Measure by Wonderful Measure
A look inside TKC Theater’s latest production
It is Friday night around 7pm and the chanting of vocal warm ups can be heard, coming from the City Room. It's the second night of Shakespeare's Measure for Measure and the cast is preparing to tell the comedic story of a nun, who in order to save her brother's life, must sleep with the duke.
The usual hustle and bustle of pre-show madness ensues behind the closed City Room doors. After vocal warm-ups led by the faculty theater advisor, Professor Minkoff, the director, Corinne Cordasco, organizes the cast for notes. "You have to be louder," both Cordasco and Minkoff command. They continue to give notes and run scenes that could be better.
"I hope you looked at your scripts last night because yesterday there were a lot of dropped lines," Cordasco reminds the cast. It's been a long road for Cordasco and the rest of the company. They started rehearsals two months ago and issued the fourth and final script just a few weeks ago.
"Basically the actors haven't had a life for the last three weeks. We've had five-hour rehearsals every night for the past few weeks with an 8-hour rehearsal this past Sunday," said Catherine Ratcliffe, MCA '14, who played The Messenger.
Though it's been a demanding few weeks for the cast, Alex Kelly, MCA '13, thinks it has been worth it. "It has been stressful but very rewarding," said Kelly, whose performance as Lucio steals every scene she's in.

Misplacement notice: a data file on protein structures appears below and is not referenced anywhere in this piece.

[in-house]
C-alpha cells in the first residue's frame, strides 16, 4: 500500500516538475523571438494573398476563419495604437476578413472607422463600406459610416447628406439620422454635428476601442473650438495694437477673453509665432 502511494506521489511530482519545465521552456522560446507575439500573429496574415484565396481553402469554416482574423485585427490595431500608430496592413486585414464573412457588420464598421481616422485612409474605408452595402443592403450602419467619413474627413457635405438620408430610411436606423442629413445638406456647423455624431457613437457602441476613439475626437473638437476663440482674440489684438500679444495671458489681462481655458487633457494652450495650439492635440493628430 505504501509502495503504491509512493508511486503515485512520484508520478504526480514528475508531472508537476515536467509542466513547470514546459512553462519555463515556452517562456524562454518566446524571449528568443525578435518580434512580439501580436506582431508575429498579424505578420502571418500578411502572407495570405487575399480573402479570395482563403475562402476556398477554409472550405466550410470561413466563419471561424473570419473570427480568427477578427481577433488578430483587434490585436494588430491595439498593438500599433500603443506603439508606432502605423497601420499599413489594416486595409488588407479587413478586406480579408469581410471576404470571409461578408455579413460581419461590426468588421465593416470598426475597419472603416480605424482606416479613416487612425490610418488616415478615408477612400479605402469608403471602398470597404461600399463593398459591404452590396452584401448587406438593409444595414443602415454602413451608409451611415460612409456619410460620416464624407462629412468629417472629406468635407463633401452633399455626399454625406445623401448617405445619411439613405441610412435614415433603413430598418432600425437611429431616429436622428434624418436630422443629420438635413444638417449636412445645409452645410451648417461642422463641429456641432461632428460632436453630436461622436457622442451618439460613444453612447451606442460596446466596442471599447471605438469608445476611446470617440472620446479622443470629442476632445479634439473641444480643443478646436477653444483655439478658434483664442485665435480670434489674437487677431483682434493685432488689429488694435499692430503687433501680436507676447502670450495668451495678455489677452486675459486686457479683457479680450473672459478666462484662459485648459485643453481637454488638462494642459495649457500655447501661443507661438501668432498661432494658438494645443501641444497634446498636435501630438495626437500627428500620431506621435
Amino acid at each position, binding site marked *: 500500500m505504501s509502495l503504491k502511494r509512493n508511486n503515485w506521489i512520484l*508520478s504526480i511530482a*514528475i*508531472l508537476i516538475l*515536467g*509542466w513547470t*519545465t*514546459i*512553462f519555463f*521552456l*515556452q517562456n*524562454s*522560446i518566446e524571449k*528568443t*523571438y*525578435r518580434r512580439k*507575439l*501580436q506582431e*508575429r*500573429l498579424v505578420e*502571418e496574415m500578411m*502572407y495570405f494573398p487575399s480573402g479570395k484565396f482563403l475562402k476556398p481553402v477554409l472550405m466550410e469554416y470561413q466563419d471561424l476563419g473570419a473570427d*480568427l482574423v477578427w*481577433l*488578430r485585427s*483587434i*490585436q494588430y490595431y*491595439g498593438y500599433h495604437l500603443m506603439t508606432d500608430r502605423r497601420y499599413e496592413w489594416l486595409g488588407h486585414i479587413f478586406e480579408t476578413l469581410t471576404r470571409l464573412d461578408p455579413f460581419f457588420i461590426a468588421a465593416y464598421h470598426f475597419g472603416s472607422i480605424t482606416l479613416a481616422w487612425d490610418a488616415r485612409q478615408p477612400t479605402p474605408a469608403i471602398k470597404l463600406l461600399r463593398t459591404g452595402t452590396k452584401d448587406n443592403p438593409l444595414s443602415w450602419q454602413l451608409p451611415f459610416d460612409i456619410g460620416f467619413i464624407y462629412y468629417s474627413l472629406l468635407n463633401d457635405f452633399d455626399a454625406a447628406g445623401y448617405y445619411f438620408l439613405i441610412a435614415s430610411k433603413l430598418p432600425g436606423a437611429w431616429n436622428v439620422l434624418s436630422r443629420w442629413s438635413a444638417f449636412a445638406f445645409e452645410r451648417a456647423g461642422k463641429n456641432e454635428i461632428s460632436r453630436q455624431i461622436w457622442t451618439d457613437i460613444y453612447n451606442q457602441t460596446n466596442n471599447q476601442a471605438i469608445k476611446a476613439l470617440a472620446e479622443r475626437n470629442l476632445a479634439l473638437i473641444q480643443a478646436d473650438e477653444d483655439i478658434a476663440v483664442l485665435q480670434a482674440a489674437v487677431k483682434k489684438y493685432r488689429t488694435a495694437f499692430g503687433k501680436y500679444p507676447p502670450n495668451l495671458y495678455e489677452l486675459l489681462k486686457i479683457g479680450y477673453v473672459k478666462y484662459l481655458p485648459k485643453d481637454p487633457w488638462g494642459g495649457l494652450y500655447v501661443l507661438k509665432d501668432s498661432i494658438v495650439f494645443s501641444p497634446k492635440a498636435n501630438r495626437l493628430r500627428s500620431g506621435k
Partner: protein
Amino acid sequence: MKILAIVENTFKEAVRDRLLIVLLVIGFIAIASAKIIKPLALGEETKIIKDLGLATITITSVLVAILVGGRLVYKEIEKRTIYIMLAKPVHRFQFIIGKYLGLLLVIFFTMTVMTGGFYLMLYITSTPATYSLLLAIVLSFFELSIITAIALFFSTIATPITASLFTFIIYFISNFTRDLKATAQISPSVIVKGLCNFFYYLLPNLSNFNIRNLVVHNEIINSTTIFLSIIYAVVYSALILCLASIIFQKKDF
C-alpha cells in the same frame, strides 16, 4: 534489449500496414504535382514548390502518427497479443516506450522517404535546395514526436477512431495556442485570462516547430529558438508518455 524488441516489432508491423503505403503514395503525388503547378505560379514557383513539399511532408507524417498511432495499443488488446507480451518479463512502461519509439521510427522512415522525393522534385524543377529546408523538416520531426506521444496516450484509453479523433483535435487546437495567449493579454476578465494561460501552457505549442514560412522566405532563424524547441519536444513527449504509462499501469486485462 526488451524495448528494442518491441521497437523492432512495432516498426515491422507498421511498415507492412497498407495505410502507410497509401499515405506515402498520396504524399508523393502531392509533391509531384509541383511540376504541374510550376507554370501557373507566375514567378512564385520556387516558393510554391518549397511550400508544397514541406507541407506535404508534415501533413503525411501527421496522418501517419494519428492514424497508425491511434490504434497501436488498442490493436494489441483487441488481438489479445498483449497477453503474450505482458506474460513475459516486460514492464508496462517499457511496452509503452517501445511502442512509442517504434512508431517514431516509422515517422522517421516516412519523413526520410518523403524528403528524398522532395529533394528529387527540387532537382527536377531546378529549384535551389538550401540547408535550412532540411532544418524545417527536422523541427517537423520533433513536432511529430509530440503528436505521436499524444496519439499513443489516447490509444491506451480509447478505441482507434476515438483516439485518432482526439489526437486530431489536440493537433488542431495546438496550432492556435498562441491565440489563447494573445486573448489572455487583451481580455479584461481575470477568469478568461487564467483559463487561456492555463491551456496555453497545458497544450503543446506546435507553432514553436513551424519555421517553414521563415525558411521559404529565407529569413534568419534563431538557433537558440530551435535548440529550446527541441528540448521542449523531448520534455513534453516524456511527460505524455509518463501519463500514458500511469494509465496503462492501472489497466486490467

"We started out with weeks and weeks of running through scenes sitting around a table," Cordasco explained. She goes on to say that Shakespeare plays do not need as much blocking as other plays do (such as last year's No Exit) because the actors' movements around the stage are built into the script.
"There is such a huge problem with the way the story is told by Shakespeare. In fact, in the second part of the play most of the action is narrated - so we had to make the narrated parts visual - for the sake of clarity," said Professor Minkoff.
Cordasco, under Professor Minkoff's mentorship, directed the cast while writing a workable script. Even though they did not need much actual stage practice, Cordasco had her work cut out for her rewriting a script that is often difficult for storytelling. "Because it is Shakespeare, it requires a lot of work with the text." Her hard work definitely paid off with a fantastic show.
The show was powerfully told with strong performances from Tessa Carter and Burk Ohbayashi. Ms. Carter's Isabella was innocent, passionate and captivating. Mr. Ohbayashi's Angelo was fascinatingly devious, and his midshow monologue to Isabella was wickedly good. Though there were a few misspeaks, it was nothing the cast didn't recover from.
The cast did a great job of giving a sense of setting while working with a bare bones stage. The costuming was simple and did not distract from the storytelling.
The fine arts department at The King's College has only fluorescent lighting, a makeshift stage, and black drapes to work with.
The lack of facilities does not discourage Professor Minkoff. "The [bare stage] is intentional because we are focusing on telling good stories. We are going to focus on the nuts and bolts [of story-telling and creating theater], not on our facilities or the things that we do and do not have," he said.
What's up next for TKC Theater? Well, neither Minkoff nor Cordasco would tell what show is set for the spring, though they are looking at shows that work well with Interregnum's Villainy theme. Expect another incredible show from the theater department in March or April of next year. If you missed Measure for Measure, you missed out.